Yes.  Baptisms in the ocean are the norm in Polynesia.  My sister and her family currently live in Vanuatu, and a few months ago our extended family logged on to Zoom to watch her daughter's baptismal service.  The meeting was in the fale-style chapel, but for the baptism they walked across the street and her father baptized her in the ocean.  It was a lovely thing to see.  My oldest brother was likewise baptized in the ocean when we were living in Hawaii. 

21 minutes ago, MiserereNobis said:

Could temple ceremonies if there is an emergency?  What about in the early days when the only temples were in Utah -- what did LDS in other countries do?

The temple ceremonies were performed for many years (1855-1889) in the "Endowment House" in Salt Lake City prior to the dedication of the Salt Lake Temple.  There was also an "Endowment House" in Spring City, Utah, but I'm not sure if it was ever consecrated and used for temple ordinances.

A mountain peak north of Salt Lake City, Ensign Peak, was consecrated as a temple for a single day so that a missionary, Addison Pratt, could receive his endowment there.

21 minutes ago, MiserereNobis said:

And for that matter, what do LDS do in places today where they cannot access a temple?

They save up and travel to one.  This is becoming less and less an issue these days.  Some time ago I heard a statistic along the lines of a very high percentage of the members of the Church live within 100 miles of a temple.  I suspect this issue - proximity - is one of the motivating factors behind the substantial numbers of smaller temples being built around the world.

Thanks,

-Smac

Link to comment

*Bursts into the room*

"For this ordinance [baptism for the dead] belongeth to my house, and cannot be acceptable to me, only in the days of your poverty, wherein ye are not able to build a house unto me. - Doctrine & Covenants 124 verse 30!!"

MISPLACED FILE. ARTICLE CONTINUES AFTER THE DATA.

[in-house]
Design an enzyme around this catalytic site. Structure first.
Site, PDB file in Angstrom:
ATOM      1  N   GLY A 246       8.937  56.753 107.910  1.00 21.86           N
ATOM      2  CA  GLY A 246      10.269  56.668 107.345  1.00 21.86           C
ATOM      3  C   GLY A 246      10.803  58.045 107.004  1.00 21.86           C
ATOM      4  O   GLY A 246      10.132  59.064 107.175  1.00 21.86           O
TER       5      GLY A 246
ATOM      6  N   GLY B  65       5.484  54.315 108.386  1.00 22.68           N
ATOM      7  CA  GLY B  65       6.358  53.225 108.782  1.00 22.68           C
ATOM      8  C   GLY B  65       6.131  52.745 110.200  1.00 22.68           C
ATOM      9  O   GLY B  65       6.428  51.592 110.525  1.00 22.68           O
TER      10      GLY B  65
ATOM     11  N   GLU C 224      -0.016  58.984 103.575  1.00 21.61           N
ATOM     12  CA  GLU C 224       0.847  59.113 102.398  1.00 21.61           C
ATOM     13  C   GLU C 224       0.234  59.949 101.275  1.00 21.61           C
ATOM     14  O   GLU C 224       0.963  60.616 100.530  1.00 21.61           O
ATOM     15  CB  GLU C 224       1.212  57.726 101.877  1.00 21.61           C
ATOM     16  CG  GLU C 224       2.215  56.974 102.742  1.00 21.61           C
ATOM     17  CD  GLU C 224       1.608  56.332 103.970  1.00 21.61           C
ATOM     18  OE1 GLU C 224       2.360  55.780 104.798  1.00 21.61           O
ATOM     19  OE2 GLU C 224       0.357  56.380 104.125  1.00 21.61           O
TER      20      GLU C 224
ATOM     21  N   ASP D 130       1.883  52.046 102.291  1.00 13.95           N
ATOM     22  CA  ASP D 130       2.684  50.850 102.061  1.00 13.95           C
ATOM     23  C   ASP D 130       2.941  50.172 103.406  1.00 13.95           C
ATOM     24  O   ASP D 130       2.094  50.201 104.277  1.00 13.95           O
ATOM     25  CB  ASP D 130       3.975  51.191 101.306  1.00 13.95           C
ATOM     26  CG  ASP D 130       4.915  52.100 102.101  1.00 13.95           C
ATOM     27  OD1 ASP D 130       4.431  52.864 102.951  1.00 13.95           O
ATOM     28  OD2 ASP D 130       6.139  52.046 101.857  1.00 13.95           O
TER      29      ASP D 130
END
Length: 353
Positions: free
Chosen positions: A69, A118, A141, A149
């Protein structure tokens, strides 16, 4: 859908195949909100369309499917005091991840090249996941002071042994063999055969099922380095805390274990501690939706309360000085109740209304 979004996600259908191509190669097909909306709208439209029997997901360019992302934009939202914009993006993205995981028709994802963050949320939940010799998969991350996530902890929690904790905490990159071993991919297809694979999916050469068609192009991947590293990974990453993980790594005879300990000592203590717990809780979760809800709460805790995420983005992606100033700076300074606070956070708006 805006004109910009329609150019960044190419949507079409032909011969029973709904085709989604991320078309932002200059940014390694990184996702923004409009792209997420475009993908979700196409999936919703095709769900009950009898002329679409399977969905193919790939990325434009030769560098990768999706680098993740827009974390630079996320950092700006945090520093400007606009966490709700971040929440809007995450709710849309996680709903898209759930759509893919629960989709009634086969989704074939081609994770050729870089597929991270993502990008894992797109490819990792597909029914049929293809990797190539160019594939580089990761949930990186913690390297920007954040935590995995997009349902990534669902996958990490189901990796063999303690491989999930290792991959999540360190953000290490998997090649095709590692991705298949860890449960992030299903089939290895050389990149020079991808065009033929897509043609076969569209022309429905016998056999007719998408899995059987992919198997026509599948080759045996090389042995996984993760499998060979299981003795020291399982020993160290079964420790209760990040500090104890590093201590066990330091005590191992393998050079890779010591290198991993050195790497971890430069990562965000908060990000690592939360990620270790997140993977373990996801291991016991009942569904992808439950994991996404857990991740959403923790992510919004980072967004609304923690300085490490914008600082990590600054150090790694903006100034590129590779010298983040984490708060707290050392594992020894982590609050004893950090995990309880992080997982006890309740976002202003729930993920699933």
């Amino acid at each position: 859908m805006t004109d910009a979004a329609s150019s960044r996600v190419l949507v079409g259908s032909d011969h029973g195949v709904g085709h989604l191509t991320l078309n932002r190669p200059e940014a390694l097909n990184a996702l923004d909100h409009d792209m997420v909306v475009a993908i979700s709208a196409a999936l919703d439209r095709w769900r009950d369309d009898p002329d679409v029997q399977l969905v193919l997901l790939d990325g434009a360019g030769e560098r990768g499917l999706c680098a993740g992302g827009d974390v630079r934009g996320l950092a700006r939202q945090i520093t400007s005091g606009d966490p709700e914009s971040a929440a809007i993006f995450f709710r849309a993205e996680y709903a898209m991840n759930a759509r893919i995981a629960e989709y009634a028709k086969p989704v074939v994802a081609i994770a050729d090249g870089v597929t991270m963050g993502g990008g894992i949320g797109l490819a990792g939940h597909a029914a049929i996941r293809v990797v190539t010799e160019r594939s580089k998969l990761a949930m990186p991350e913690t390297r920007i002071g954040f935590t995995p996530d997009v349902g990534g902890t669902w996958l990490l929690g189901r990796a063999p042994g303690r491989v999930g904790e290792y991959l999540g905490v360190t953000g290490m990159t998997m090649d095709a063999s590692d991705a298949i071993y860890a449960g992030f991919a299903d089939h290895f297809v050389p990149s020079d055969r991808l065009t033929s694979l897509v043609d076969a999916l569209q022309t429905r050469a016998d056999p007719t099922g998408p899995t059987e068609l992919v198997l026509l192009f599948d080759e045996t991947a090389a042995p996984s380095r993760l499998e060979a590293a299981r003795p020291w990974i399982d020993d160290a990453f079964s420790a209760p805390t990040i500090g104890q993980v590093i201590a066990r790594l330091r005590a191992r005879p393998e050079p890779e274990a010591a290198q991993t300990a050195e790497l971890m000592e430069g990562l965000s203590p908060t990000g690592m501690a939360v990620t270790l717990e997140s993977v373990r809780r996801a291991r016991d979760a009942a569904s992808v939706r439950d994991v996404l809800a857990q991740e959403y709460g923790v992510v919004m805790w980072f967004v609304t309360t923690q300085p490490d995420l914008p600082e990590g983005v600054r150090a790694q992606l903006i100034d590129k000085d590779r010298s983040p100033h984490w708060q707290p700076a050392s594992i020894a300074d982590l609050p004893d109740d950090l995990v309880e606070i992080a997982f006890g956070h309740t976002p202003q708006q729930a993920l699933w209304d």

vlcsnap-2022-05-20-10h52m25s137.png

Link to comment

In the scriptures we see that many sacred occasions and rituals were done on mountain tops such as Sinai or Moriah, etc.  Here is what we consider to be a fulfillment of prophecies concerning SLC:  Isaiah 2:2. And it shall come to pass in the last days, that the mountain of the Lord’s house shall be established in the top of the mountains, and shall be exalted above the hills; and all nations shall flow unto it.

Link to comment
3 hours ago, rongo said:

Prayer circles were also allowed to be done in stake centers until the early 1980s (stake presidency and high council). This was discontinued and limited only to temples. 

I assume from context that prayer circles are part of the temple ceremony. Do you know why they were discontinued outside of the temple?

Link to comment
3 hours ago, bluebell said:

Because temple work can be done after someone dies and is not time sensitive, I'm not sure what an emergency that involved temple ordinances would even look like.

I guess I was thinking that since going to the temple is supposed to bring blessings now, people would want it now and not after they die.

Link to comment
2 hours ago, smac97 said:

I think the Church wants to keep these contingencies as such, as exceptions to the rule.  It appears that the Sacrament is generally supposed to be administered in a consecrated building. 

Yes, it's the same in Catholicism.

2 hours ago, smac97 said:

There is, I think, an ongoing need for us to meet together.  It's part and parcel of maintaining cohesion as a community of faith.

Agreed. That's part of the reason why we call it communion, and why Catholic communion is closed (you have to be Catholic to receive it). The eucharist wouldn't work as a sign of Catholic unity if non-Catholics could receive it, too.

2 hours ago, smac97 said:

Yes.  Baptisms in the ocean are the norm in Polynesia.  My sister and her family currently live in Vanuatu, and a few months ago our extended family logged on to Zoom to watch her daughter's baptismal service.  The meeting was in the fale-style chapel, but for the baptism they walked across the street and her father baptized her in the ocean.  It was a lovely thing to see.  My oldest brother was likewise baptized in the ocean when we were living in Hawaii.

Super cool. Thanks for sharing this and the other info, too.

 

Link to comment

I baptized people in rivers and lakes in Bolivia, sometimes where there were electric eels and snakes. And I’ve taken the sacrament high in the Sierra Nevada on a backpacking trip. 

Link to comment

Baptism and sacrament can be performed anywhere if there is a need and it's authorized by those presiding.
Baptisms for the dead were performed in the Mississippi until a font was made available.
Endowments were performed on mountain tops, in endowment houses, in offices, etc before temples were finished.
Prayer Circles and Mother's Blessings (anointings) were performed in chapels for decades.
Marriage sealings were frequently performed outside of temples when none were available.